Michael sent me a fascinating article about the continuing Muslim insurgency against India, and India’s strategy of just-ignoring-it. It’s a fascinating approach, and similar (so I’ve heard) to India’s strategy against the Maoists in the east: ignore them. As I understand it, India is making a concerted effort to be and to act in relation to its regional neighbor China, instead of its physical neighbors Pakistan and Nepal. To use the word association game, India wants you to think of “India-China,” not “India-Pakistan” or “India-Nepal”:
Unfazed by bombings, India has an option: peace – washingtonpost.com
NEW DELHI — With a deadly attack on its embassy in Afghanistan, Pakistani troops clashing with its soldiers in disputed Kashmir and Islamic militants bombing its cities, India has in recent months seemed a country under siege.
Just don’t ask it to live like one.
Its ancient markets are as packed as ever. Its bright new malls bustle as never before. And few talk of avenging attacks that just a few years ago would likely have brought South Asia’s nuclear-armed rivals to the brink of war.
This must be coming as some political cost. India is losing as many lives as another Muslim-inspired insurgency: Iraq. (Though obviously in both Islam is an enabling, if not a driving, force.)
Still, the attacks have done little to alter life for most Indians, as terror-related deaths only account for a fraction of India’s 1.1 billion people. The U.S. National Counterterrorism Center reported 3,674 deaths from January 2004 to March 2007, second only to Iraq.
The partition of British South Asia, by removing a great number of Muslims from the Union of India, may be paying off. While we cannot roll-back history, it’s easy to see how disastrous life would be in India if it had 170 million more Muslims! In this way, the partition of British India reminds one of the end of the Cold War, where the European nations best suited to globalization (Poland, Czechoslovakia, Latvia, Lithuania, Estonia, Bulgaria, Romania, Slovenia, etc.) leaving the dead-weight of Russia behind.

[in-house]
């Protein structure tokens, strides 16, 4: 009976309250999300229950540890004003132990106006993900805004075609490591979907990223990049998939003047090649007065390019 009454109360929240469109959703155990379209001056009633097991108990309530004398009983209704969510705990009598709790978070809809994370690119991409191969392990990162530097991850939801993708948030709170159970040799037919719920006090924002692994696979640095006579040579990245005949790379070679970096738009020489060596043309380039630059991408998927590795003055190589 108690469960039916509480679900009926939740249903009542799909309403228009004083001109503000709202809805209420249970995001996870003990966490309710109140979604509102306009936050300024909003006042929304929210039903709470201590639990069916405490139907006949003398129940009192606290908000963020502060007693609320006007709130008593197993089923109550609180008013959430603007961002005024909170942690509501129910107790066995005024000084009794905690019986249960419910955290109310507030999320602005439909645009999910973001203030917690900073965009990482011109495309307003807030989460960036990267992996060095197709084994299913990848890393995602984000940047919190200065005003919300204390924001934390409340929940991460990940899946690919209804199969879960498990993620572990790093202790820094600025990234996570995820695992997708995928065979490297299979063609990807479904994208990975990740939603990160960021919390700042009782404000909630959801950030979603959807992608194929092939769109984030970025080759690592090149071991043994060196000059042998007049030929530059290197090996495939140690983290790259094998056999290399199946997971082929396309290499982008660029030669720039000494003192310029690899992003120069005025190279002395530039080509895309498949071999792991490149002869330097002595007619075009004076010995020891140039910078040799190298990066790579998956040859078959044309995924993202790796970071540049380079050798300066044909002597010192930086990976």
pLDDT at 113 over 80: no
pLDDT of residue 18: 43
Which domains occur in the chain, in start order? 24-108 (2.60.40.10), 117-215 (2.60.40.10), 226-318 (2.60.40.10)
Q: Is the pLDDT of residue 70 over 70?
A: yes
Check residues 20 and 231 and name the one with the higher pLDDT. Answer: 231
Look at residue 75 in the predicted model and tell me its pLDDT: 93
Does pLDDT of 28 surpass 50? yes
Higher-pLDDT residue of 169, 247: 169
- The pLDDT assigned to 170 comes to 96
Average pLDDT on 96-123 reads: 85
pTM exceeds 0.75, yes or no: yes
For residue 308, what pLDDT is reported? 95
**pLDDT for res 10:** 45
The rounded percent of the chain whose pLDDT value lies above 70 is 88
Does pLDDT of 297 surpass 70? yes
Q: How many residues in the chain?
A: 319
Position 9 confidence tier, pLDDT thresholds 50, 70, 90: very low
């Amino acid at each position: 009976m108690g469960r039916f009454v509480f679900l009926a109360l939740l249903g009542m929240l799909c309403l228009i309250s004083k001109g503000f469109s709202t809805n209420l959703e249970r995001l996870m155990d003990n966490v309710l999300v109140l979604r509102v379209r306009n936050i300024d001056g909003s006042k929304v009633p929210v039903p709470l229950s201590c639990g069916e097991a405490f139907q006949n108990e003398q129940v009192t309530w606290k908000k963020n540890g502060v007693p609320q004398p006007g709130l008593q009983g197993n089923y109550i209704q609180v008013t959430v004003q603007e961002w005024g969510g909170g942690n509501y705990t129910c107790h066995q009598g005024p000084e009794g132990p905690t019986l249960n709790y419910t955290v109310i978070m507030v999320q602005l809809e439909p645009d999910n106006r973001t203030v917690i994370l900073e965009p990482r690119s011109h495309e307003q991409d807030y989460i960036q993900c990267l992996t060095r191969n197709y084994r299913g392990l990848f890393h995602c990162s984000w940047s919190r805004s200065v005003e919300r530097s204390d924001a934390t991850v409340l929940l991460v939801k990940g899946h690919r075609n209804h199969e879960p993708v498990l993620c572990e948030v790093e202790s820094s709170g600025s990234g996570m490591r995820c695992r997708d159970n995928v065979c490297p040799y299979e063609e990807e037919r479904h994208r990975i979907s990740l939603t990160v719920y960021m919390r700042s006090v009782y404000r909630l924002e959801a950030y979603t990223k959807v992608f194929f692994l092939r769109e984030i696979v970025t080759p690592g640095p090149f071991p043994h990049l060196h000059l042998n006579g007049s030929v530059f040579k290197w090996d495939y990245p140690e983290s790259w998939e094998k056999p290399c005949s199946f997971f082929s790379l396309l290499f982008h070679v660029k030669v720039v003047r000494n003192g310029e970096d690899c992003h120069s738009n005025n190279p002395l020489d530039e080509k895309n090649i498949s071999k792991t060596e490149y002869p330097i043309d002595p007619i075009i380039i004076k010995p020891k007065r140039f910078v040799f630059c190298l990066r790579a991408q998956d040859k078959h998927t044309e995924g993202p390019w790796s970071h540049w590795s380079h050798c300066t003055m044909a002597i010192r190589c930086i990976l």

Of course, this progress may be reversed. In Europe, weakness to Russia may encourage Russian diplomatic, financial, and economic control over Europe, retarding economic growth and helping pull west Eurasia off-line. In South Asia, Pakistan is relatively weaker, but >certain psychopathic proposals such as encouraging mass (non-token) people movement from Pakistan to India would only make the situation worse.
One of the breakthroughs of work on the Core and the Gap is that there is techniques that work perfectly well with the Core do not work in the Gap, and a focus on “justice” (which is part of the normal judicial process in the Core) only drags the Gap deeper into a self-referential spiral of despair.
The future, not the past, is the watch-word of the Core. When the Gap speaks, we close our ears, as we must. When the Gap attacks, we ignore when we can, we destroy what we must, and firewall the rest. When we integrate the Gap, it is on the basis of profit, not justice.